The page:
God’s Indictment of Israel

Key Verse: “Hear the word of the LORD, ye children of Israel: for the LORD hath a controversy with the inhabitants of the land, because there is no truth, nor mercy, nor knowledge of God in the land.”
—Hosea 4:1

Selected Scripture:
Hosea 4:1-4; 7:1,2; 12:7-9; 14:1-3

BEGINNING IN 931 B.C., under their first king, Jeroboam, ten tribes of Israelites, having separated from the two tribes of Judah and Benjamin, began a long history of iniquity as the kingdom of Israel. “In the thirty and eighth year of Azariah king of Judah did Zachariah the son of Jeroboam reign over Israel in Samaria six months. And he did that which was evil in the sight of the Lord, as his fathers had done: he departed not from the sins of Jeroboam the son of Nebat, who made Israel to sin.”—II Kings 15:8,9

In Hosea’s day, approximately 200 years after Jeroboam, Israel verged upon moral chaos. Idolatry, intrigues, and assassinations were rapidly becoming the norm. “By swearing, and lying, and killing, and stealing, and committing adultery, they break out, and blood toucheth blood.” (Hos. 4:2) Added to these sinful practices was Israel’s deluded belief that, for all this, it remained righteous in the sight of God due to its relationship with Abraham, Isaac, and Jacob. Thus, did Israel dishonor God and manifest its corrupted perception of his righteousness. Inevitably, God, through the prophet Hosea, declared his ‘controversy’—his differing perception of Israel which he then formally indicted. “They consider not in their hearts that I remember all their wickedness: now their own doings have beset them about; they are before my face.” (Hos. 7:2) Pressing his case against Israel as a barrister would in court, he likens the ten-tribe kingdom to a deluded hypocrite—a self-righteous merchant who, believing he is undetected by God, manipulates the balances used in commerce to enrich himself by defrauding his customers; all the while presuming he remains in the grace of God. “He is a merchant, the balances of deceit are in his hand: he loveth to oppress. And Ephraim said, Yet I am become rich, I have found me out substance: in all my labours they shall find none iniquity in me that were sin. And I that am the Lord thy God from the land of Egypt will yet make thee to dwell in tabernacles, as in the days of the solemn feast.”—Hos. 12:7-9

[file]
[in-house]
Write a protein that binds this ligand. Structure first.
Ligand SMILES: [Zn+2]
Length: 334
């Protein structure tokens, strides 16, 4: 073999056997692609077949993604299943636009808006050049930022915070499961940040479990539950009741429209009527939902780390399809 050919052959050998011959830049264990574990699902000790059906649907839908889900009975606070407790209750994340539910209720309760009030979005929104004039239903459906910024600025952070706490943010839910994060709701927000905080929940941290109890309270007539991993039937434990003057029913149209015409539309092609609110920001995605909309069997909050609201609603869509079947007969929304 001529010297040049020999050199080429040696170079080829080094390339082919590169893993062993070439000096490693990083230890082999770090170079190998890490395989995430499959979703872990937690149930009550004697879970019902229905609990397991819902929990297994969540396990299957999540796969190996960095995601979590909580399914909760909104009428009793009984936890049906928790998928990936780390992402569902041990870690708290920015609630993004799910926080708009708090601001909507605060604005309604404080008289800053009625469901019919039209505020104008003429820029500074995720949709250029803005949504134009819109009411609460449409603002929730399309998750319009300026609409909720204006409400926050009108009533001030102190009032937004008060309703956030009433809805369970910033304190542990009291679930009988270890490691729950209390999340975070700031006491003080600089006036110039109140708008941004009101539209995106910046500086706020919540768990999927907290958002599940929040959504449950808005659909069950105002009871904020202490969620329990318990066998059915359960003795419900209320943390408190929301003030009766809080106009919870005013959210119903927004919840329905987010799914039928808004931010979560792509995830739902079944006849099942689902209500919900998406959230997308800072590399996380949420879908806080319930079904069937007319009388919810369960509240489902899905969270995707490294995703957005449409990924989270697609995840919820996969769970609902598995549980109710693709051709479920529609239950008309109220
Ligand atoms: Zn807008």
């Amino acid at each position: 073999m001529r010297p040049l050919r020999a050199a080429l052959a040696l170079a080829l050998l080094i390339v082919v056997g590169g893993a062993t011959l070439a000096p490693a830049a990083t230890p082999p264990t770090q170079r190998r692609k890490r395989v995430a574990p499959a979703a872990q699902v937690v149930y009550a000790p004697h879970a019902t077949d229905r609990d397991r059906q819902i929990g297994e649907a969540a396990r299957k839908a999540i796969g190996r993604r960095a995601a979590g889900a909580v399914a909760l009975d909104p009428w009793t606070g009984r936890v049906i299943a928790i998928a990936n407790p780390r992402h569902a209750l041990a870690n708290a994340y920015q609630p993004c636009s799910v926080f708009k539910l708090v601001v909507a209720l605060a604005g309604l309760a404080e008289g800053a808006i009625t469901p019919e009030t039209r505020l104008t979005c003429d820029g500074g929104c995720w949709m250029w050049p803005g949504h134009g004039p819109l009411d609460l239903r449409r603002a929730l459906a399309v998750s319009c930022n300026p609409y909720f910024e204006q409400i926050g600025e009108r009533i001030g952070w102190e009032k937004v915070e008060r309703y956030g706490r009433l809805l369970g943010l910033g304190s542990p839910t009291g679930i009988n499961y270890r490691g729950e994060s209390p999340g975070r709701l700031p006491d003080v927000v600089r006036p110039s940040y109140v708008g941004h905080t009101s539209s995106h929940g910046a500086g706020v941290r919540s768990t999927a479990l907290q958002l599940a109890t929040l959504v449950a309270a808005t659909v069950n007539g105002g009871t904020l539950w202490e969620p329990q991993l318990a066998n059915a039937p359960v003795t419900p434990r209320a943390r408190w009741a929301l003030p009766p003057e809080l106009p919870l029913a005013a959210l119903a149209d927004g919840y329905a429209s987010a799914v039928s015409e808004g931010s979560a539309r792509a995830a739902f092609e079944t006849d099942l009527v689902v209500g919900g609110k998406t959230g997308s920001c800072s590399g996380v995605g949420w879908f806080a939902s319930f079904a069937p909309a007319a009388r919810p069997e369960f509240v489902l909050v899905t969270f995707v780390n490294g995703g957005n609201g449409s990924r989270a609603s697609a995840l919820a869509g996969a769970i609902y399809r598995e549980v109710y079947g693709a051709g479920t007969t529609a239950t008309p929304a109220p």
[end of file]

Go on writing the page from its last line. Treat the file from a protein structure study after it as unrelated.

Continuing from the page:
God’s patient tolerance having expired, the nation was exposed to the complete range of Divine consequences. Even as the full weight of Divine justice fell on Israel, Hosea pleads with Israel to awaken to the fact that its only hope lay in recalling the words of God and, in repentance, returning to him in heartfelt worship. Its alliance with powerful Assyria could not save Israel from the consequences of God’s arraignment, nor could Israel’s idols. “O Israel, return unto the Lord thy God; for thou hast fallen by thine iniquity. Take with you words, and turn to the Lord: say unto him, Take away all iniquity, and receive us graciously: so will we render the calves of our lips. Asshur shall not save us; we will not ride upon horses: neither will we say any more to the work of our hands, Ye are our gods: for in thee the fatherless findeth mercy.” (Hos. 14:1-3) Israel would not; and its hypocrisy, corrupt perception of God, and its perversion of his holy laws were condemned by the very principles of Divine justice that it had for so long ignored, forgotten or denied.

Dawn Bible Students Association
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